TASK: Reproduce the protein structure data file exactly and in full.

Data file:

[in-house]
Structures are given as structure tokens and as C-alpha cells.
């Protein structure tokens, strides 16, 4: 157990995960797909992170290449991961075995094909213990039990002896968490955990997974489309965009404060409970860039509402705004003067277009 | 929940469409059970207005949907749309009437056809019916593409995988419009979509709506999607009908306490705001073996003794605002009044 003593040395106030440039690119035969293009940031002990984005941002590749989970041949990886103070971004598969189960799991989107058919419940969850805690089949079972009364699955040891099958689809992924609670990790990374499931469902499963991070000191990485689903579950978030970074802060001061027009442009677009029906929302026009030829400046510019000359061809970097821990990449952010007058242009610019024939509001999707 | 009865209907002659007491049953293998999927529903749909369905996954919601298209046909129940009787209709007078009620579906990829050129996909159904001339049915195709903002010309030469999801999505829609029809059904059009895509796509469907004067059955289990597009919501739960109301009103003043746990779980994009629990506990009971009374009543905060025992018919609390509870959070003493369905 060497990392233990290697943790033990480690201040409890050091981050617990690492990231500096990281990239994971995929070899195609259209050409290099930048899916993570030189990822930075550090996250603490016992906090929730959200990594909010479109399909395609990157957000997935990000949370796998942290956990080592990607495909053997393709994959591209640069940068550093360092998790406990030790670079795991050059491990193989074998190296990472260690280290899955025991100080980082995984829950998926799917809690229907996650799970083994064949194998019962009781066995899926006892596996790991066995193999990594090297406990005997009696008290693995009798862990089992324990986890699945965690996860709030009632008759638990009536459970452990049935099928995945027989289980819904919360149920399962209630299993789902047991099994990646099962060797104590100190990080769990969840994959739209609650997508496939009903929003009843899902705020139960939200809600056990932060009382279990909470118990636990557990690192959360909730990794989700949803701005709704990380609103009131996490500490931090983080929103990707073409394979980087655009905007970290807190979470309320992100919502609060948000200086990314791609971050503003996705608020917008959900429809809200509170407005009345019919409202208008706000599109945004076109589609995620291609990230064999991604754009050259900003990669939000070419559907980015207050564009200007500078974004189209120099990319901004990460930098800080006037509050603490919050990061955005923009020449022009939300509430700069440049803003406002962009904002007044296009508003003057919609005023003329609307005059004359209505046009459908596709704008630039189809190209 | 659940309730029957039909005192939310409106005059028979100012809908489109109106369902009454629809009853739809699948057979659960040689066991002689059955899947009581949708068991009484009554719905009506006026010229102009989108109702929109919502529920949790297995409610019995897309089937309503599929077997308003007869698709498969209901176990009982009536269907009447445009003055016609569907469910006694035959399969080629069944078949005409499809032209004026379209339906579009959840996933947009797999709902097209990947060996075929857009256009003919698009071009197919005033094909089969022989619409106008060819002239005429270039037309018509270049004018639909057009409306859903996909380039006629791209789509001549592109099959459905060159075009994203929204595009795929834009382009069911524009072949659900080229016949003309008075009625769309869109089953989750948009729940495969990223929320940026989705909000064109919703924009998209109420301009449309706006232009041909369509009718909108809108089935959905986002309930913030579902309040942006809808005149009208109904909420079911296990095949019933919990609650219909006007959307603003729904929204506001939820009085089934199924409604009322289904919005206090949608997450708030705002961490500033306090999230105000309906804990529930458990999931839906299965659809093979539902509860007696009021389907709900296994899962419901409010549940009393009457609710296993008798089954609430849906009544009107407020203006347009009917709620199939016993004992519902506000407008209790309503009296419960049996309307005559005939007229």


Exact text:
[in-house]
Structures are given as structure tokens and as C-alpha cells.
């Protein structure tokens, strides 16, 4: 157990995960797909992170290449991961075995094909213990039990002896968490955990997974489309965009404060409970860039509402705004003067277009 | 929940469409059970207005949907749309009437056809019916593409995988419009979509709506999607009908306490705001073996003794605002009044 003593040395106030440039690119035969293009940031002990984005941002590749989970041949990886103070971004598969189960799991989107058919419940969850805690089949079972009364699955040891099958689809992924609670990790990374499931469902499963991070000191990485689903579950978030970074802060001061027009442009677009029906929302026009030829400046510019000359061809970097821990990449952010007058242009610019024939509001999707 | 009865209907002659007491049953293998999927529903749909369905996954919601298209046909129940009787209709007078009620579906990829050129996909159904001339049915195709903002010309030469999801999505829609029809059904059009895509796509469907004067059955289990597009919501739960109301009103003043746990779980994009629990506990009971009374009543905060025992018919609390509870959070003493369905 060497990392233990290697943790033990480690201040409890050091981050617990690492990231500096990281990239994971995929070899195609259209050409290099930048899916993570030189990822930075550090996250603490016992906090929730959200990594909010479109399909395609990157957000997935990000949370796998942290956990080592990607495909053997393709994959591209640069940068550093360092998790406990030790670079795991050059491990193989074998190296990472260690280290899955025991100080980082995984829950998926799917809690229907996650799970083994064949194998019962009781066995899926006892596996790991066995193999990594090297406990005997009696008290693995009798862990089992324990986890699945965690996860709030009632008759638990009536459970452990049935099928995945027989289980819904919360149920399962209630299993789902047991099994990646099962060797104590100190990080769990969840994959739209609650997508496939009903929003009843899902705020139960939200809600056990932060009382279990909470118990636990557990690192959360909730990794989700949803701005709704990380609103009131996490500490931090983080929103990707073409394979980087655009905007970290807190979470309320992100919502609060948000200086990314791609971050503003996705608020917008959900429809809200509170407005009345019919409202208008706000599109945004076109589609995620291609990230064999991604754009050259900003990669939000070419559907980015207050564009200007500078974004189209120099990319901004990460930098800080006037509050603490919050990061955005923009020449022009939300509430700069440049803003406002962009904002007044296009508003003057919609005023003329609307005059004359209505046009459908596709704008630039189809190209 | 659940309730029957039909005192939310409106005059028979100012809908489109109106369902009454629809009853739809699948057979659960040689066991002689059955899947009581949708068991009484009554719905009506006026010229102009989108109702929109919502529920949790297995409610019995897309089937309503599929077997308003007869698709498969209901176990009982009536269907009447445009003055016609569907469910006694035959399969080629069944078949005409499809032209004026379209339906579009959840996933947009797999709902097209990947060996075929857009256009003919698009071009197919005033094909089969022989619409106008060819002239005429270039037309018509270049004018639909057009409306859903996909380039006629791209789509001549592109099959459905060159075009994203929204595009795929834009382009069911524009072949659900080229016949003309008075009625769309869109089953989750948009729940495969990223929320940026989705909000064109919703924009998209109420301009449309706006232009041909369509009718909108809108089935959905986002309930913030579902309040942006809808005149009208109904909420079911296990095949019933919990609650219909006007959307603003729904929204506001939820009085089934199924409604009322289904919005206090949608997450708030705002961490500033306090999230105000309906804990529930458990999931839906299965659809093979539902509860007696009021389907709900296994899962419901409010549940009393009457609710296993008798089954609430849906009544009107407020203006347009009917709620199939016993004992519902506000407008209790309503009296419960049996309307005559005939007229």